Defense Systems has a decent summary of the major military programs affect by the recent FY13 budget submission. Titled “Winners and losers in the fiscal 2013 budget” it highlights the following for each service:
- Small Tactical Unmanned System (UAV) will receive $32 million in FY13, and $300 million in FY13-FY17.
- Fire Scout vertical take-off and landing aircraft, the service will instead procure a larger Fire Scout based on a larger Bell Helicopter air frame.
- Medium-Range Maritime Unmanned Aerial System was terminated based on the Fire Scout changes.
- Warfighter Information Network-Tactical (WIN-T) will receive $900 million in FY13, and $6.1 billion from FY13 through FY17. FY13 includes purchase of net-centric warfare IP modems and low-rate initial production (LRIP) to support testing.
- Modification of Stryker vehicles to incorporate command, control, communications, computers, intelligence, surveillance and reconnaissance (C4ISR) systems to facilitate mission command-on-the-move.
- Cyber capabilities take precedence for U.S. Cyber Command is $3.4 billion in FY13, and $18 billion from FY13 through FY17.
- Advanced Extremely High Frequency (AEHF) satellites (fully funded part of $8B FY13 and $40.1B through FY17).
- Space-Based Infrared System (SBIRS) for surveillance (fully funded part of $8B FY13 and $40.1B through FY17).
- Operationally Responsive Space program will be restructured to provide “more responsive and timely space capabilities to the warfighter.” Included in $8B FY13 and $40.1B through FY17.
- (3) NATO Alliance Ground Surveillance (AGS) systems $200M in FY13. Based on Global Hawk Block 40.
- Global Hawk Block 30 is cancelled as previously discussed in the initial Defense Budget Priorities post. Will continue to use U-2 through FY25. Reducing $800 million in expenditures for fiscal 2013, and $2.5 billion from fiscal 2013 through fiscal 2017.
- Reduce MQ-9 Reaper armed unmanned aerial vehicles (UAV) purchase by 24. But the funding will still be expended for ground stations.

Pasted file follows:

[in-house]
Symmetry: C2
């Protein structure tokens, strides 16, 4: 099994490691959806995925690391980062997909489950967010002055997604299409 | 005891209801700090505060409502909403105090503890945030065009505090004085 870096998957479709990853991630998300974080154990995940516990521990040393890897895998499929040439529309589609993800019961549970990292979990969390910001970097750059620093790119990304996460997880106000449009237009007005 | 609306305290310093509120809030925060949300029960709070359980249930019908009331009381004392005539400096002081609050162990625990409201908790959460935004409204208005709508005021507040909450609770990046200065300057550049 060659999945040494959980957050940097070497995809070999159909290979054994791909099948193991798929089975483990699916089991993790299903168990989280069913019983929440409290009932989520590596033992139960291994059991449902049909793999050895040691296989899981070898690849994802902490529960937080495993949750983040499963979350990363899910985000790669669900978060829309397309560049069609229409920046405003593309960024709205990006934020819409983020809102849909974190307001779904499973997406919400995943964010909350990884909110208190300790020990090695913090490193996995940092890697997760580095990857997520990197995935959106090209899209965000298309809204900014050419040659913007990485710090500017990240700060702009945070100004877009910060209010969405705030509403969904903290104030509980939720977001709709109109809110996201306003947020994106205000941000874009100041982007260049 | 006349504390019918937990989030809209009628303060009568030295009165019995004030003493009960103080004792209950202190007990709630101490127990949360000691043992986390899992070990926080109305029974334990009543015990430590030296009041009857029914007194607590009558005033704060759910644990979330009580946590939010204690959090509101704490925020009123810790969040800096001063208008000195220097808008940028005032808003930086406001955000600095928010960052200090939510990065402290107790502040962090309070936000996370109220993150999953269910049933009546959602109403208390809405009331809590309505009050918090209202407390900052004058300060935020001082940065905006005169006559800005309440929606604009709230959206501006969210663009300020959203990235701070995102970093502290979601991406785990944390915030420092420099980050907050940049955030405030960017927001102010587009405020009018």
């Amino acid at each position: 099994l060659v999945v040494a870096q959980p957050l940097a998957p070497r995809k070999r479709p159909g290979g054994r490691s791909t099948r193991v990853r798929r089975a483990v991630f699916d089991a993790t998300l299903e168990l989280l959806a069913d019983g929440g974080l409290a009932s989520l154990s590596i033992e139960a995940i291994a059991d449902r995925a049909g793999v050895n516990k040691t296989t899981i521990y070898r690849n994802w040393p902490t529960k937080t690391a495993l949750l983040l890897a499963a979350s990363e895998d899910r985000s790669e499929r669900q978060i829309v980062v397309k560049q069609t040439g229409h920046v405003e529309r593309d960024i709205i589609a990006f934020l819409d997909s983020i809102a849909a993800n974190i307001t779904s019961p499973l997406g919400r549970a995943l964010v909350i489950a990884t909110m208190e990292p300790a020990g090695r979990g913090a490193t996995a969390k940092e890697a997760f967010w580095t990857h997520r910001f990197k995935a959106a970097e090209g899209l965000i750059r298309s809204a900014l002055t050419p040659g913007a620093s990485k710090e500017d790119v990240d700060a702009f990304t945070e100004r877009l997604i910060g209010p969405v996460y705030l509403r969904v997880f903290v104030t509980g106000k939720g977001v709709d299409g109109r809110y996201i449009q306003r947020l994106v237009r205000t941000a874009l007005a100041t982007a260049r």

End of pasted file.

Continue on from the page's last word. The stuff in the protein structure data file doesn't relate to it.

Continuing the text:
- Predator will be utilized for a longer period then initially planned to fence funding for the Army’s Gray Eagle.
The hardest part about all of these changes is the adjustment. The Defense Industrial Base must flex in order to ensure those programs that are designated to provide capability longer must be examined to ensure fatigue and extended failure does not adversely limit their mission up time ability. Likewise those entities with program that were cut will immediately request reassessment and ultimately reduce their workforce or reorganize and retask. This is not an easy task but it is the contractor’s role. The intention when utilizing contractors is for this very purpose. The entities within the Government and Military will also require retasking which is much harder to effectively achieve.
This reexamination is not much different then when I strive to get more and more effective dollar out of my diesel VW Jetta. At 150,000 miles there is maintenance to be done but there is no need to purchase a new vehicle when the current one is providing all the capabilities required. The difference is the human element and that should always be handled with care.
In the end there are no “Winners” or “Losers” but the goal is better efficiency and effectiveness. If this is achieved at least you can look a taxpayer in the eye with confidence you maximized every dollar they provided.
[via Defense Systems]